Elias Alexander will undergo a five-week training at Scotland's Findhorn Community, the oldest ecovillage in the world, learning the techniques of sustainable living, including food, water, shelter, waste and community decision-making.

Growing up in Ashland with home-schooling and a profound love of nature, Elias Alexander, 20, came into adulthood with recognition that the planet was in trouble and maybe his life could make a difference.

After a year studying theater at Northwestern University, Alexander has expanded his mission to include environmental studies and (after attending the inauguration of President-elect Obama) will take off on a learning tour of Findhorn and several other ecovillages and "transition towns" in Europe.

His goal? To report back what he finds to Ashland's new mayor (a family friend), to support the city's sustainability drive, to learn how to direct and teach the skill sets of ecovillages and to work the knowledge into his bachelor's degree, which he plans to continue at an Ivy League university.

Ecovillages are communities where all functions — food, water, energy, money, even spirituality in some cases — operate sustainably from the ideas and energies of inhabitants, while transition towns are regular towns where significant numbers of inhabitants work to transform it to sustainable systems, says Alexander.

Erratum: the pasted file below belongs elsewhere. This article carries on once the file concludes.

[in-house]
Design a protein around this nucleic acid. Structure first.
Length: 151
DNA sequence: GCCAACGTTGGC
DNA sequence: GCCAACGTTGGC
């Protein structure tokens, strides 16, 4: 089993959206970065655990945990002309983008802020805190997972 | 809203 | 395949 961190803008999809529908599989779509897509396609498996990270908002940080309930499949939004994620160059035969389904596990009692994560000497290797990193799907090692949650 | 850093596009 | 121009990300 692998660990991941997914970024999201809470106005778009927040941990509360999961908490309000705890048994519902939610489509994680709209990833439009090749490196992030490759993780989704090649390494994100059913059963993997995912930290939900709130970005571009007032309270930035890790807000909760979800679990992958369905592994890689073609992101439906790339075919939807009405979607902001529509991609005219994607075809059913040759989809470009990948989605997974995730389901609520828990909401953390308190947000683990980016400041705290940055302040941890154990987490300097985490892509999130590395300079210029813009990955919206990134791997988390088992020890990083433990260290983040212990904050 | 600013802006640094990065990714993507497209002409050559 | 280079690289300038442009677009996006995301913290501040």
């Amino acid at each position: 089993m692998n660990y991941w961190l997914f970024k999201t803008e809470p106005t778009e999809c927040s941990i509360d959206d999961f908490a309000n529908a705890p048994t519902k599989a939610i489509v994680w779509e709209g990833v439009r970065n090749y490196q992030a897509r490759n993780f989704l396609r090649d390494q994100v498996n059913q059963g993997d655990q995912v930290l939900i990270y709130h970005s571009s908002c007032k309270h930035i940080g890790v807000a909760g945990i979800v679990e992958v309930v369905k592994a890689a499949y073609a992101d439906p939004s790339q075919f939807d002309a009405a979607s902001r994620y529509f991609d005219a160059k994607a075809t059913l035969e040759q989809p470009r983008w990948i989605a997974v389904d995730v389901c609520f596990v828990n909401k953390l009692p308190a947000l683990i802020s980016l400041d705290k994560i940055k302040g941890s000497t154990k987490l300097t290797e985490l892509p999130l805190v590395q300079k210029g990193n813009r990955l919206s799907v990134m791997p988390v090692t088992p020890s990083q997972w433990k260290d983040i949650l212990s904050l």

The forces driving this movement are climate change, the end of cheap oil and the declining economy, adds Alexander, who in addition to his environmental work, has taken time to learn bagpiping, volunteer for the Obama campaign and appear in many plays — including "Brigadoon," now at Camelot Theater.

"The issue of climate change is not only environmental but is a moral issue," he said. "We have the imperative to take as much action as we can or we're going to be harming billions of people. It's going to affect society on a huge scale and it's been a dream of mine for many years to do what I can to help us live sustainably."

Alexander will undergo a five-week training at Scotland's Findhorn Community, the oldest ecovillage in the world, learning the techniques of sustainable living, including food, water, shelter, waste and community decision-making.

In spring, he will visit ecovillages or transition towns in Kinsale and Eco Cloughjordan in Ireland, Totness in England, Sieben Linden in Germany, Haarlem in Holland and Danahur in Italy, followed by a stay at the Four Generations Project in Kenya, which is based on connecting youths to elders through stories and the love of the land.

The Kenya project plays into both his love of theater and nature and will be woven into his college and life work, he notes. To raise the $5,000 for his trip, Alexander worked for many months and secured grants and donations from family friends.

There are only a few ecovillages and transition towns sprouting in the U.S. — and Alexander hopes to lend his skills to help Ashland (which is already strong in his interests of theater, nature and sustainability) down the path toward becoming a transition town.

Alexander's evaluation of present-day culture and its awareness of impending climate changes is that most people are still focused on being consumers and getting the money to pay bills — while also feeling removed from the centers of political action.

However, he adds, the promise of transition towns is that they bring one's identification "back to where you live and where you can do something sustainable, that connects you to community and makes you happy."